February 1, 2023

Gabbing Geek

Your online community for all things geeky.

Noteworthy Issues: The Amazing Spider-Man #36 (May, 1966)

It's Spider-Man vs...the Looter! Wait, who?

I said at the end of the previous Amazing Spider-Man review that this issue features the most Steve Ditko villain ever.  And here he is…the Looter!

Um, who?

Issue:  The Amazing Spider-Man #36, May 1966

Words, a bit o’ Editing:  Stan Lee

Everything Else:  Steve Ditko

The Plot:  The Looter uses his strength and a fancy flashlight to steal stuff.  Better call Spidey!

Commentary:  OK, here’s the thing:  it is generally well-established that Steve Ditko was a big fan of the writings and philosophy of Ayn Rand, a fact that will come into play more for future work he did on his own and which may have influenced why Peter Parker is kind of a jerk during Ditko’s time on the book.  The only one of Rand’s books that I have personally read is Atlas Shrugged.  And to put it bluntly, I wasn’t a fan.  However, Rand basically divides all people in her book and philosophy into three broad categories:  creators who drive society with their awesome and godlike mental proficiencies, workers who gratefully work for creators but will never be one of them, and looters who just want to take what others have built for themselves.  That’s a really bare-bones summary, and I probably didn’t even get the names for the first two groups right if they even had names…but looters, yeah, she had a lot to say about looters.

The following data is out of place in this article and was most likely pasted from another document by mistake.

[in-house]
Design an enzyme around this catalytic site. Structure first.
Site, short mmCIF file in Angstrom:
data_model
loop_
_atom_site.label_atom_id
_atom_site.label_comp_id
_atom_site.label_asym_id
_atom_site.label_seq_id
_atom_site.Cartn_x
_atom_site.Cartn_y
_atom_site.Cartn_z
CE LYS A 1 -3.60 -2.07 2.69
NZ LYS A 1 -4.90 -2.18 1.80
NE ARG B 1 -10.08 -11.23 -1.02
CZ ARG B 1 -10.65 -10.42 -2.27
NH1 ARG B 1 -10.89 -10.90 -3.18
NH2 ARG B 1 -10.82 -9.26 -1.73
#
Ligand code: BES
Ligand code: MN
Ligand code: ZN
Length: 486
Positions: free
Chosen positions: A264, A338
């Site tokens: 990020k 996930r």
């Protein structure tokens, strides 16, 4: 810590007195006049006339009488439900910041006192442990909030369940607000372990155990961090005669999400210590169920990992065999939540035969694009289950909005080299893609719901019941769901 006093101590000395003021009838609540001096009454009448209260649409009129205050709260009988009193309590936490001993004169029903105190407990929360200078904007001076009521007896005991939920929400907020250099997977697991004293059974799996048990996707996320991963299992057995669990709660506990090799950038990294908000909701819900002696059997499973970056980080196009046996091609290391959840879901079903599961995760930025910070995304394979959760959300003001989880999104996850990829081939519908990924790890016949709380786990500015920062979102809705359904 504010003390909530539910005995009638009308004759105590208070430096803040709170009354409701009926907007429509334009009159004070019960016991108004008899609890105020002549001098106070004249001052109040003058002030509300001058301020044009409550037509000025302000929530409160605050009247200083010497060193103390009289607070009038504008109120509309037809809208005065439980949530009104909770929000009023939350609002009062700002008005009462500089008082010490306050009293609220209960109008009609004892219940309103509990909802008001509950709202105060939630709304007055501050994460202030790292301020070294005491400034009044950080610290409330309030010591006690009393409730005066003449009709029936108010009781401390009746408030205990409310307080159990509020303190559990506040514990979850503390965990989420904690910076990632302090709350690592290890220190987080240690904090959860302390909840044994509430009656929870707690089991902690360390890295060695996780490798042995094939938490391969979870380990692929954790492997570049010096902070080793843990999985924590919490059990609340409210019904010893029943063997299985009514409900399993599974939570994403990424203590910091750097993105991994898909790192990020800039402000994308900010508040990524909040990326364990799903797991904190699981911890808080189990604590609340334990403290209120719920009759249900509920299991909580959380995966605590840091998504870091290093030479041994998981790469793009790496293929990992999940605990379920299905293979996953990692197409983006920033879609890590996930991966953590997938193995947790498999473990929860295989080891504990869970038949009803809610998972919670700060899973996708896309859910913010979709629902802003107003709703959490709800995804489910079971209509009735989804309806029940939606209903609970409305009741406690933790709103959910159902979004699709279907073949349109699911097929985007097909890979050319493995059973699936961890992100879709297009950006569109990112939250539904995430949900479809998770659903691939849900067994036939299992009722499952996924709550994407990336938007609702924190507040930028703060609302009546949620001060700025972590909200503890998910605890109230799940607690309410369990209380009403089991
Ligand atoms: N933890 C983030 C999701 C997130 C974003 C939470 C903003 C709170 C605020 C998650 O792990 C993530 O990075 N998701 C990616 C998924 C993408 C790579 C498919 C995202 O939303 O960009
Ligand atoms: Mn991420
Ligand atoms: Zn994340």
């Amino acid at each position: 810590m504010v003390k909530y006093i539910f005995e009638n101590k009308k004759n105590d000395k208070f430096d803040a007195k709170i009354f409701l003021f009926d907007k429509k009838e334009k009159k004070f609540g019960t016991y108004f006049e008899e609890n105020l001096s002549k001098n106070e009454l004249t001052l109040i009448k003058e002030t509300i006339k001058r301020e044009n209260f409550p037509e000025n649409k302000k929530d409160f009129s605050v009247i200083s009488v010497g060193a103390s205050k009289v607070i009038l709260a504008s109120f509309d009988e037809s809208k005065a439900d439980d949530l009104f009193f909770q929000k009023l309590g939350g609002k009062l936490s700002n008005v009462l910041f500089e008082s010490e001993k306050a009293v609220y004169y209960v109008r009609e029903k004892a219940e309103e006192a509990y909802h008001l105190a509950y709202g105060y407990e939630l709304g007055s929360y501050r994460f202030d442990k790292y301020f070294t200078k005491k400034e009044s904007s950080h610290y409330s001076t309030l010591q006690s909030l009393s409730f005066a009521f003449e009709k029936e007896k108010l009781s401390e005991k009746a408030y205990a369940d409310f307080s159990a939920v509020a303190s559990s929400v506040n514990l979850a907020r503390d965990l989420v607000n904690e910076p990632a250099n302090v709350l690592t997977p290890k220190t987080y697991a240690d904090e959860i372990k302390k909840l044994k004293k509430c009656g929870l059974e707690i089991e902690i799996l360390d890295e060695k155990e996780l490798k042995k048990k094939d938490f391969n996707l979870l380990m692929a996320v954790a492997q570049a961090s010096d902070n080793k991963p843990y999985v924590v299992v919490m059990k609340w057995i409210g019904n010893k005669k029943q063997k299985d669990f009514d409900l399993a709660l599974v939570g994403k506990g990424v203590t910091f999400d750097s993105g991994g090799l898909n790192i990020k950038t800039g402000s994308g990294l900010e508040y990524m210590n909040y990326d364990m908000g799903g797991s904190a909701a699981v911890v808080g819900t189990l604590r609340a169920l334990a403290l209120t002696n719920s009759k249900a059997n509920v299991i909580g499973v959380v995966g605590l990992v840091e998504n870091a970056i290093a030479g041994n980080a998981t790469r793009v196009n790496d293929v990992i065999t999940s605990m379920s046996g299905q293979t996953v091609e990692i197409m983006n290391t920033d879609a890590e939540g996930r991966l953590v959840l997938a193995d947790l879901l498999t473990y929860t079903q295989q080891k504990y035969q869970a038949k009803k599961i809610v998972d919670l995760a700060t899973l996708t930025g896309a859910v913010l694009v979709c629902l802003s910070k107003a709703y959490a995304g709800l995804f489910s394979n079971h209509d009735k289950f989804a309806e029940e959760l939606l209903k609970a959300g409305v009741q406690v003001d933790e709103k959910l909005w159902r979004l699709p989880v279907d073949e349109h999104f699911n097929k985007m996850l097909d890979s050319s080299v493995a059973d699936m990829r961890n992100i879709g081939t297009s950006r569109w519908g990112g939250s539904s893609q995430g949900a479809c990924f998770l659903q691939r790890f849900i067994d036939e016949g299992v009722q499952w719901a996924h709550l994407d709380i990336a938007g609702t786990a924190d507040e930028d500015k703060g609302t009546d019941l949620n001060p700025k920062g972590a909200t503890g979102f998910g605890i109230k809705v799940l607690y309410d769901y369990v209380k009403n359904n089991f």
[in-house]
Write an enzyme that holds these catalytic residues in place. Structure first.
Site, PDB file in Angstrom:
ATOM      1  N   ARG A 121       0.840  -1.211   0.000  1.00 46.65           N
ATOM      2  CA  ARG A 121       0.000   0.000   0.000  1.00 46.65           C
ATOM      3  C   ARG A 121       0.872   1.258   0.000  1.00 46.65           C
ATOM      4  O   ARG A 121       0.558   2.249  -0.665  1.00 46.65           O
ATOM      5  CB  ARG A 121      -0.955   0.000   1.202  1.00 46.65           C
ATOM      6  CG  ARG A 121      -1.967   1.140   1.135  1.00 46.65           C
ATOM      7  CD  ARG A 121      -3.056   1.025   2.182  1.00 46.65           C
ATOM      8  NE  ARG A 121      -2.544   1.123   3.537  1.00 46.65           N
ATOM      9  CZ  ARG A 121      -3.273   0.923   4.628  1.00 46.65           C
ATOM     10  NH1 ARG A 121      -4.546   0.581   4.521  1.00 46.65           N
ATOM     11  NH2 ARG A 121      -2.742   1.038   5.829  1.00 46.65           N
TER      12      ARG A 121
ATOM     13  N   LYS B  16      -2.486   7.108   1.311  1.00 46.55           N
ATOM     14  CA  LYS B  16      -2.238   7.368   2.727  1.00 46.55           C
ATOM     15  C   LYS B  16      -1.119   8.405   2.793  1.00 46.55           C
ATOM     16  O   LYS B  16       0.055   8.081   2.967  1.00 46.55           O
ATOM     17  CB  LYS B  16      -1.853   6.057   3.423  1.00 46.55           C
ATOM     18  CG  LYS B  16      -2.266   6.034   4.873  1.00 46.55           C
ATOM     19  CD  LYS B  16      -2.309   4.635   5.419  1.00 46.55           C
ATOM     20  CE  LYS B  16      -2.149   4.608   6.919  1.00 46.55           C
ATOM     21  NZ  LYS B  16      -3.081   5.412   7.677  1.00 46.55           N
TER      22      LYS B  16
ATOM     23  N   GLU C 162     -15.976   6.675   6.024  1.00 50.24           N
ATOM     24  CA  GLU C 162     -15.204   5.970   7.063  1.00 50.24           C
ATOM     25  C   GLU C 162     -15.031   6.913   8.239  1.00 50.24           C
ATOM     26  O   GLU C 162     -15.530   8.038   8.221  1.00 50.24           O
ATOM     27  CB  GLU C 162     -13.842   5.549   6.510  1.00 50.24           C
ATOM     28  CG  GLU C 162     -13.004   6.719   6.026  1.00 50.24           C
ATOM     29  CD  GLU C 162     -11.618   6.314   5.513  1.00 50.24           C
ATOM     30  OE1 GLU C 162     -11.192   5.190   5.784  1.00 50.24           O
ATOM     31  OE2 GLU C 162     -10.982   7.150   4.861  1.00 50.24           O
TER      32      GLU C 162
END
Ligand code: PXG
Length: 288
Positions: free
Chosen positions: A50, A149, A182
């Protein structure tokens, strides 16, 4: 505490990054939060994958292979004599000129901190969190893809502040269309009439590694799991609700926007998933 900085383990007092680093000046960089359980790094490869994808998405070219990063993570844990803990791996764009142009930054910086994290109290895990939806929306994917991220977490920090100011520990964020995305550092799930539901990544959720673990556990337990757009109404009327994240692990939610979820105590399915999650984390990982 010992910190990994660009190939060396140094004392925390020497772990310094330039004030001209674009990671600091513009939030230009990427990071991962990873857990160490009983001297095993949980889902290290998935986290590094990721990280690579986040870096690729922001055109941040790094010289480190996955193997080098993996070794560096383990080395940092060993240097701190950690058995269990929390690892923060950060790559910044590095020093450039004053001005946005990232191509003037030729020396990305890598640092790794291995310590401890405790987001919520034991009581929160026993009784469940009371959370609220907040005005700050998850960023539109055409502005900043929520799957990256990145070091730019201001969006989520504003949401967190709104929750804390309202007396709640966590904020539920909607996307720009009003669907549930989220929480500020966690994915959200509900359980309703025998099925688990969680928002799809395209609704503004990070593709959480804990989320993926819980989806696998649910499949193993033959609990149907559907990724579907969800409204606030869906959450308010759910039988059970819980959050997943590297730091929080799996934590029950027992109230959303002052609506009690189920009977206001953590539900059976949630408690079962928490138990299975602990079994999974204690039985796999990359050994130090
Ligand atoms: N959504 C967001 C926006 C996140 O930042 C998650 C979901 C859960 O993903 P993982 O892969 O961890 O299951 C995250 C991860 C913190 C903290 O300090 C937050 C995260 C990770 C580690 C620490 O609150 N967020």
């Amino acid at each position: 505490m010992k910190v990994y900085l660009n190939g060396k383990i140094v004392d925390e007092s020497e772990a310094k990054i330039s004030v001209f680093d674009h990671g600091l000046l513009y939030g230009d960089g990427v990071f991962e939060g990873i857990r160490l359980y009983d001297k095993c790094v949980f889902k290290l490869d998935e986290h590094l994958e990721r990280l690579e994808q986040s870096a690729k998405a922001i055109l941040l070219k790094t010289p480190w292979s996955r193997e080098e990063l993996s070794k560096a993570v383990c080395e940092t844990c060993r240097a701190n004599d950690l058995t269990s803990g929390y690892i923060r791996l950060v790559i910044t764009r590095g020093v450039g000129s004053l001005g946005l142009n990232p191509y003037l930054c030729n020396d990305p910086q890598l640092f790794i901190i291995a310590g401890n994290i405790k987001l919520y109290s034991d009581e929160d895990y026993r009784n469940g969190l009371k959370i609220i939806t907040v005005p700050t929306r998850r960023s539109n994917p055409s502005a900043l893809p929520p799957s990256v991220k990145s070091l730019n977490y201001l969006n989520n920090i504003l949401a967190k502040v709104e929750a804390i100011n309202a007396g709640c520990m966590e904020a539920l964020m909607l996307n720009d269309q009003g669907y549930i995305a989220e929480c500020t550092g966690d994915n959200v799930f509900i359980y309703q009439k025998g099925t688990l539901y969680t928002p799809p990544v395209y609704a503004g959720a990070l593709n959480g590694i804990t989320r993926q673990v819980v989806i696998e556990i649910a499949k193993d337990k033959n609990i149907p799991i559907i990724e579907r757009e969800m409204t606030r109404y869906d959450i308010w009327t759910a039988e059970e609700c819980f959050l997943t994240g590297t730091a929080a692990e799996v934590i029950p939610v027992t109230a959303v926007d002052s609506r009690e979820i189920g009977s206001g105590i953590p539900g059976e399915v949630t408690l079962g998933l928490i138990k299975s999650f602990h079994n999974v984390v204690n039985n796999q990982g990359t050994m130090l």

By the by, I am the sort of person who will generally finish any book I start, eventually, but if I wasn’t, oh man, would I have gladly put that one down and forgotten about it.

Anyhoo, you might be forgiven given the title of the issue and story says “When Falls the Meteor!” to think the mystery villain is, in fact, the Meteor.  But nope!  He’s the Looter because he, um, loots things.  He just got his powers from a meteor.

See, here’s one Norton Fester.  He wants to be big time famous for a scientific discovery.  He finds a meteor that landed on Earth (technically a meteorite, I think), but you would think a guy with those asperations would be a brilliant scientist.  But nope!  He isn’t.  Instead, he’s a guy who wants other scientists to find the discovery for him, but the only ones he consults are making hair tonic.  So, is he a rich guy?  Again, no.  He can’t get a loan despite saying how famous he is going to be for finding a rock.  So, what is his next plan?  Obviously he’s going to chisel into it himself without any other thoughts beyond that.  But then he gets hit with some weird gas that gives him superhuman strength.

Hey, since he can’t build or create on his own, and he isn’t a good worker, then he might as well just take what he wants as…the Looter!

Wow.  He’s deep.

Anyhoo, after a couple bank robberies, he gets to thinking that maybe his powers will wear off because…well, why wouldn’t they?  The Looter is no scientist.  It’s not like he can test his powers or the gas or whatever.  Regardless, he figures he needs to steal a second meteor from the local museum.

Oh, Spider-Man stops him, mostly by punching him a lot.  All the Looter had going for him beyond the strength was a flashlight that caused temporary blindness, a rather useless trinket against a guy with spider-sense and mirrored lenses in his mask.

Should I say something about all things Spider-Man?  Nah.  The Looter was pathetically stupid enough to cover a decent-sized review, and I somehow doubt I’ll be seeing much of that loser again.

Grade:  A-

%d bloggers like this: